Land transfer tax must stay for now: budget chief
Toronto's budget chief says the city can't afford to get rid of the land transfer tax this year despite the wishes of Mayor Rob Ford.
Ford promised to eliminate the tax during his election campaign and hoped to get rid of it by the end of this year.
But Coun. Mike Del Grande, his budget chief, said that was not realistic, given the city is facing a $774-million budget shortfall.
"The mayor has indicated that he would like to see that tax removed," said Del Grande on Tuesday. "I think, as most politicians, people are very quick to criticize about promises. But the same old story goes, you don't really know what you have until you get into it and you see the surprises that are awaiting you."
The land transfer tax brought $278 million into city coffers last year.
Del Grande also criticized Coun. Gord Perks, who on Tuesday said the state of the city's finances weren't as dire as Ford has portrayed. Perks pointed to a staff report that indicated the city had an $88.4 million surplus from last year.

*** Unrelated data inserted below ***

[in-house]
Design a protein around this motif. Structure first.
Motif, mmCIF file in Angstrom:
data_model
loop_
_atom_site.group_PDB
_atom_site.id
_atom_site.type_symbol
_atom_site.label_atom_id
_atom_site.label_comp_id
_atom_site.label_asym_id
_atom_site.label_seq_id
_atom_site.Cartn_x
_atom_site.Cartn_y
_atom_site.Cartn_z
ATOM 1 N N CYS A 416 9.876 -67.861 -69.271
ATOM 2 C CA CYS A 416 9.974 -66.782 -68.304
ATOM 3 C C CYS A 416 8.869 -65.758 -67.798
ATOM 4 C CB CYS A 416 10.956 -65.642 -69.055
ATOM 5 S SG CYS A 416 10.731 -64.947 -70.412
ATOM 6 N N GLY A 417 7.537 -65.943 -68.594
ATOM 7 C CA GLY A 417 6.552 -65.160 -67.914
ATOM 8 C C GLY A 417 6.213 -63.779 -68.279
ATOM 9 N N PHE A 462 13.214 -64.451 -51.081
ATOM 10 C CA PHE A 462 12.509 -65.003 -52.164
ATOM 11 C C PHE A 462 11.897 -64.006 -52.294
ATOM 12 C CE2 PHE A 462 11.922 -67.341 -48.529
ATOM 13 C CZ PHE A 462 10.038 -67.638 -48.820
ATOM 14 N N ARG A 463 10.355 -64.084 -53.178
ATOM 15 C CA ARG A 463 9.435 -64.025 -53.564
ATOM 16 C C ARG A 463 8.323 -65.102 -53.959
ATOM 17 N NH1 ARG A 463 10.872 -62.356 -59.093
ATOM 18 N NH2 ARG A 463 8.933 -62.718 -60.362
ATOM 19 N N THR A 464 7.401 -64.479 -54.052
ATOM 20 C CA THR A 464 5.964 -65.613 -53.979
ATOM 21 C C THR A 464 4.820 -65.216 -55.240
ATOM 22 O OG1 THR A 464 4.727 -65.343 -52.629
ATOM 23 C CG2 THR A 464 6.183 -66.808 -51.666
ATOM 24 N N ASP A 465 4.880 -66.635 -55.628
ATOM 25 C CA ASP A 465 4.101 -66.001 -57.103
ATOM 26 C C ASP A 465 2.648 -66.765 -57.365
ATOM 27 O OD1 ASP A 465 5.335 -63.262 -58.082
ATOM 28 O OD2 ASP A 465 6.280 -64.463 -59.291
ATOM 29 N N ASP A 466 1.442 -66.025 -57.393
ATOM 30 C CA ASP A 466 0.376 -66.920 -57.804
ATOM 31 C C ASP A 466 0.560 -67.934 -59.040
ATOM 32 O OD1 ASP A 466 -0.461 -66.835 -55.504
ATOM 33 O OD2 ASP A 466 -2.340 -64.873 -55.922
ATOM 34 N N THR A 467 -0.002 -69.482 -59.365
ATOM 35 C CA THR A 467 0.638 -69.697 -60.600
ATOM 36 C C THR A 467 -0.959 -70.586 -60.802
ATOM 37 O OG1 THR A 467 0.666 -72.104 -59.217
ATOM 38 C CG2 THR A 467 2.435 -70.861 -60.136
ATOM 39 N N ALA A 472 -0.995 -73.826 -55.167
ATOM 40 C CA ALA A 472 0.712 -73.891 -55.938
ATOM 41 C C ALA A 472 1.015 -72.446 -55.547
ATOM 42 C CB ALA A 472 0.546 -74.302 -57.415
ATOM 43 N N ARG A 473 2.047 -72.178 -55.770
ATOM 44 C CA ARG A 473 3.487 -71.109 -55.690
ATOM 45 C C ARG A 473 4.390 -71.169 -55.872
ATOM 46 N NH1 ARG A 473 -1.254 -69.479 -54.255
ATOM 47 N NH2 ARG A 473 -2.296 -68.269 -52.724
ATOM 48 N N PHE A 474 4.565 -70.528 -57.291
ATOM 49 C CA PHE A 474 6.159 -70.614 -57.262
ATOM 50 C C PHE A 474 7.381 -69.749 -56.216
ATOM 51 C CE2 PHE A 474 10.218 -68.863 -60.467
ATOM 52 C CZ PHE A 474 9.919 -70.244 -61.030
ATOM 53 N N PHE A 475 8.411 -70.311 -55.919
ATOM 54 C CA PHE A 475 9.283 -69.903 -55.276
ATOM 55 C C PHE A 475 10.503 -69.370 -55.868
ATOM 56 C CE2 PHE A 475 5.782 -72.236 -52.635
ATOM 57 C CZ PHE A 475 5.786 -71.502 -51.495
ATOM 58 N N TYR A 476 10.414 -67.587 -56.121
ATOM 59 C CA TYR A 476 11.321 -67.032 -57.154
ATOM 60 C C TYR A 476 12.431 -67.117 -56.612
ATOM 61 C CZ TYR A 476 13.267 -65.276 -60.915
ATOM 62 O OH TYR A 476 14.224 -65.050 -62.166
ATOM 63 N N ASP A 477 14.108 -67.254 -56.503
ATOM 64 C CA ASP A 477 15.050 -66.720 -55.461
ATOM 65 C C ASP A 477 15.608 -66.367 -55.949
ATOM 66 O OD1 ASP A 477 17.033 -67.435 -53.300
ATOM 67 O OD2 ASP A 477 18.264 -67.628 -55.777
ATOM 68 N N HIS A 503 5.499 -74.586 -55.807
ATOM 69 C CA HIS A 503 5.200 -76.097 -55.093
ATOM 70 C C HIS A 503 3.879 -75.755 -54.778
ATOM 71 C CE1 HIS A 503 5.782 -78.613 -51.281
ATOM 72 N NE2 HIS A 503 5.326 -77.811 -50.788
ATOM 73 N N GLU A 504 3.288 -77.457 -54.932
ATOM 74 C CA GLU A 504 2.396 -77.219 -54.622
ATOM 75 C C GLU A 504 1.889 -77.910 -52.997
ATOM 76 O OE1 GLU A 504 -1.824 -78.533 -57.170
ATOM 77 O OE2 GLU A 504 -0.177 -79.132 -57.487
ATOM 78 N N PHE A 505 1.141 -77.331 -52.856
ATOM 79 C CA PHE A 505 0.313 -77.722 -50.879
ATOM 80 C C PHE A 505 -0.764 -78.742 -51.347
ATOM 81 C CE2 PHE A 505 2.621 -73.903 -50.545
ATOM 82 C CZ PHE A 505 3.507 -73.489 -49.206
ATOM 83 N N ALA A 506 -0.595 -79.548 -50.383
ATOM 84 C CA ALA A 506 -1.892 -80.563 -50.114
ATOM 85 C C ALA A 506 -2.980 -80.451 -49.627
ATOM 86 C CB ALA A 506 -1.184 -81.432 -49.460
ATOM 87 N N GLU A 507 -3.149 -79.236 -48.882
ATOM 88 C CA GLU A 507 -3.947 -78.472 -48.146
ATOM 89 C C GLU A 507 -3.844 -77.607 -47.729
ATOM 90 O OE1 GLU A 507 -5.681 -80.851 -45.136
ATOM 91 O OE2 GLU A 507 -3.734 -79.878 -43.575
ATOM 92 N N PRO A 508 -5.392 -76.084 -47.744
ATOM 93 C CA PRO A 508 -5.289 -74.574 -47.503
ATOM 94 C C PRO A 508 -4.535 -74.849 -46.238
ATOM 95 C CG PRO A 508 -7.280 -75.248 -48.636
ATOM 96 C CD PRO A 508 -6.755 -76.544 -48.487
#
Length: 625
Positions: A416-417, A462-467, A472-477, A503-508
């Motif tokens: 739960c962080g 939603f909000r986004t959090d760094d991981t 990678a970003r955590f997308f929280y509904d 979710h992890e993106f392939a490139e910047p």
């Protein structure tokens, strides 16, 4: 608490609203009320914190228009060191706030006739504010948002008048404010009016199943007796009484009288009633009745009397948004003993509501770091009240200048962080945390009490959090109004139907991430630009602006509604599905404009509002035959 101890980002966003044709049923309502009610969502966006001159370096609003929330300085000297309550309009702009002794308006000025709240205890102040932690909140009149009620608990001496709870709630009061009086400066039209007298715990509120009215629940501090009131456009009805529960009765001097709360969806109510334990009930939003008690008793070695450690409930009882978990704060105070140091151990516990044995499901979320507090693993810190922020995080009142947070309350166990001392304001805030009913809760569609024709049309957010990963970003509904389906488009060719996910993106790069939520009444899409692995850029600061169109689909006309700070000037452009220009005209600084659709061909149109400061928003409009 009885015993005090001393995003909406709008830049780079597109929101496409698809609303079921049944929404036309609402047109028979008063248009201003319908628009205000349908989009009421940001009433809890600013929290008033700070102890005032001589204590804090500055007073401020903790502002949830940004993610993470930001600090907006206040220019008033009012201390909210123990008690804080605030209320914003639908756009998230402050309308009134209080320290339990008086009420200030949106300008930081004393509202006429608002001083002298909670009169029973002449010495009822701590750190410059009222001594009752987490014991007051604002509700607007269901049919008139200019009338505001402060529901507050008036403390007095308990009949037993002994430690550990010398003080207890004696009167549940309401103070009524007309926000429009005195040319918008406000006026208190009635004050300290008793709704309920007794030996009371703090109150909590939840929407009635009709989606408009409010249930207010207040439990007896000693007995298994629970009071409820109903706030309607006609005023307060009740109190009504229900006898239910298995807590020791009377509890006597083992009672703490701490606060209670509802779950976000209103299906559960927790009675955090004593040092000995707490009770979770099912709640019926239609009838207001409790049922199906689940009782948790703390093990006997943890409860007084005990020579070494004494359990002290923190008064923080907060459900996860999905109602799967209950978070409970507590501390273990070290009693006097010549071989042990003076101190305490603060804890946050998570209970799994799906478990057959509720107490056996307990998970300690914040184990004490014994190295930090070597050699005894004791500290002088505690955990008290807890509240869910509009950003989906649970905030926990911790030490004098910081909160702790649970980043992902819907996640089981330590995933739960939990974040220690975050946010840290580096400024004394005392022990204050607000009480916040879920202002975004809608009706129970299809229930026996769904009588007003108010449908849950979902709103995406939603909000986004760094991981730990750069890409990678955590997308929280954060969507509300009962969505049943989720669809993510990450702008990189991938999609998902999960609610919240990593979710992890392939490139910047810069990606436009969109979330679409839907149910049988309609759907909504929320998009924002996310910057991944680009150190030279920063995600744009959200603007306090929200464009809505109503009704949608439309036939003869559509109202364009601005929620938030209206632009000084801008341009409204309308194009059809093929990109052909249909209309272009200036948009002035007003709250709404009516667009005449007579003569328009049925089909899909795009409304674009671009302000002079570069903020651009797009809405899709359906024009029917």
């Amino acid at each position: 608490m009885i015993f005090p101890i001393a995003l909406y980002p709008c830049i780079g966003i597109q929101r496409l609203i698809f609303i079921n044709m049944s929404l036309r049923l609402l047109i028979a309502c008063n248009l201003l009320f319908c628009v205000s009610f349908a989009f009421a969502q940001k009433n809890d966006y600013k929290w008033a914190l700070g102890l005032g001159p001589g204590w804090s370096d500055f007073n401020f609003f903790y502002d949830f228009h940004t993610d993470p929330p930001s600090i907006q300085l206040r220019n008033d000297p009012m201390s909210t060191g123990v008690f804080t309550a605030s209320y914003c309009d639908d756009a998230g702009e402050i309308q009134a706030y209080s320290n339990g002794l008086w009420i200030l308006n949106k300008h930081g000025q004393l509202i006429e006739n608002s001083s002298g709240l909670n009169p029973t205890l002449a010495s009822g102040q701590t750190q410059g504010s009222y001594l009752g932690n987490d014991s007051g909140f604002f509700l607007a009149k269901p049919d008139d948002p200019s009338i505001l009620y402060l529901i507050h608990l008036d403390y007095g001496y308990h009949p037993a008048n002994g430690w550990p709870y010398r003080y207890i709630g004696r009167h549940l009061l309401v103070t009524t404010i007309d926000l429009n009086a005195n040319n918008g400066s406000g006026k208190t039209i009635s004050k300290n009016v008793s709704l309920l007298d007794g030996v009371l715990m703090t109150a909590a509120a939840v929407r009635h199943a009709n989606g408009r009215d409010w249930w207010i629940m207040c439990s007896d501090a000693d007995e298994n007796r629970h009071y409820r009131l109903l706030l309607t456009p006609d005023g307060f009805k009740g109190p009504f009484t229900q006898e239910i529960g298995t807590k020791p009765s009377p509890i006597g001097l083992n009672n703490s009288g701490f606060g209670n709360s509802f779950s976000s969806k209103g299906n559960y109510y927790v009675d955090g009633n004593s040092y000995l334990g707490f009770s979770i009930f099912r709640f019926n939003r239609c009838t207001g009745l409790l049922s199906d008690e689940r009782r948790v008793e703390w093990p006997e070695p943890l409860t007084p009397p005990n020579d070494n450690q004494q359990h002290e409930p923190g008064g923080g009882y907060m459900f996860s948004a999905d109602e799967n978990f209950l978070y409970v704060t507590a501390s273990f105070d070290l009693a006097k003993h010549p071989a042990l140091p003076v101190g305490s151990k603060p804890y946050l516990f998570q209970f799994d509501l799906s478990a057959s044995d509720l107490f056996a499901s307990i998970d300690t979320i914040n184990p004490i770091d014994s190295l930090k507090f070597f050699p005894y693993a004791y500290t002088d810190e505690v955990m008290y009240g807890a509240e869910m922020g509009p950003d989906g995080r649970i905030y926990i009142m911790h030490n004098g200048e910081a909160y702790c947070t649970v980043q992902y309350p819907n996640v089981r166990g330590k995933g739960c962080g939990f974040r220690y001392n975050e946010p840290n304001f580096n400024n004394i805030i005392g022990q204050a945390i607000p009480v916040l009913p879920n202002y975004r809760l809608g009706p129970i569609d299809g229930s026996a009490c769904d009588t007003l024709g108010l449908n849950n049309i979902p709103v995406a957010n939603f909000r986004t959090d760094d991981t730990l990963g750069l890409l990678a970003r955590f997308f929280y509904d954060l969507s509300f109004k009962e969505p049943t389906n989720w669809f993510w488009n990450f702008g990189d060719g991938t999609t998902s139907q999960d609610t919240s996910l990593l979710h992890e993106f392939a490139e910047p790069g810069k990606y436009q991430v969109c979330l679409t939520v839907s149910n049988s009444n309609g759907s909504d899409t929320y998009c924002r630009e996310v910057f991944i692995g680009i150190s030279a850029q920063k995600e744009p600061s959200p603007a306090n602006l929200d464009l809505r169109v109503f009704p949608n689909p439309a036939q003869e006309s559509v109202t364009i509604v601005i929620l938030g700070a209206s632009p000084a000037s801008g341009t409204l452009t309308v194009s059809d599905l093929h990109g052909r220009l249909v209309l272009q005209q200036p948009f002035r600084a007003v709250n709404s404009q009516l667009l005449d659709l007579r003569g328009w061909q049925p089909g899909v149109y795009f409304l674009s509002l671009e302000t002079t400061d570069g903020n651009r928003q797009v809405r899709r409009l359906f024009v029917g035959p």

"I think that [Ford's] $800-million financial hole is grossly exaggerated and he's using that gross exaggeration as a reason to talk about cutting services we don't need to cut," said Perks.
He said that with modest property tax increase, a TTC fare increase and some modest cuts, the budget can be balanced.
Del Grande, however, said he likely wouldn't look kindly on added expenditures "that people have not thought out.
"A lot of councillors, as well as people in Toronto, still do not get it," he said. "This is not something from my point of view is political to get back at anybody. We've gotten ourselves into trouble. Somebody has to fix it and it's as simple as that."
The city is currently holding a review of all of its services as it tries to find ways to make up the shortfall. It is currently holding public consultations in an effort to determine which services are valued most by citizens.
"We have to stop the way we have conducted business here," Del Grande said.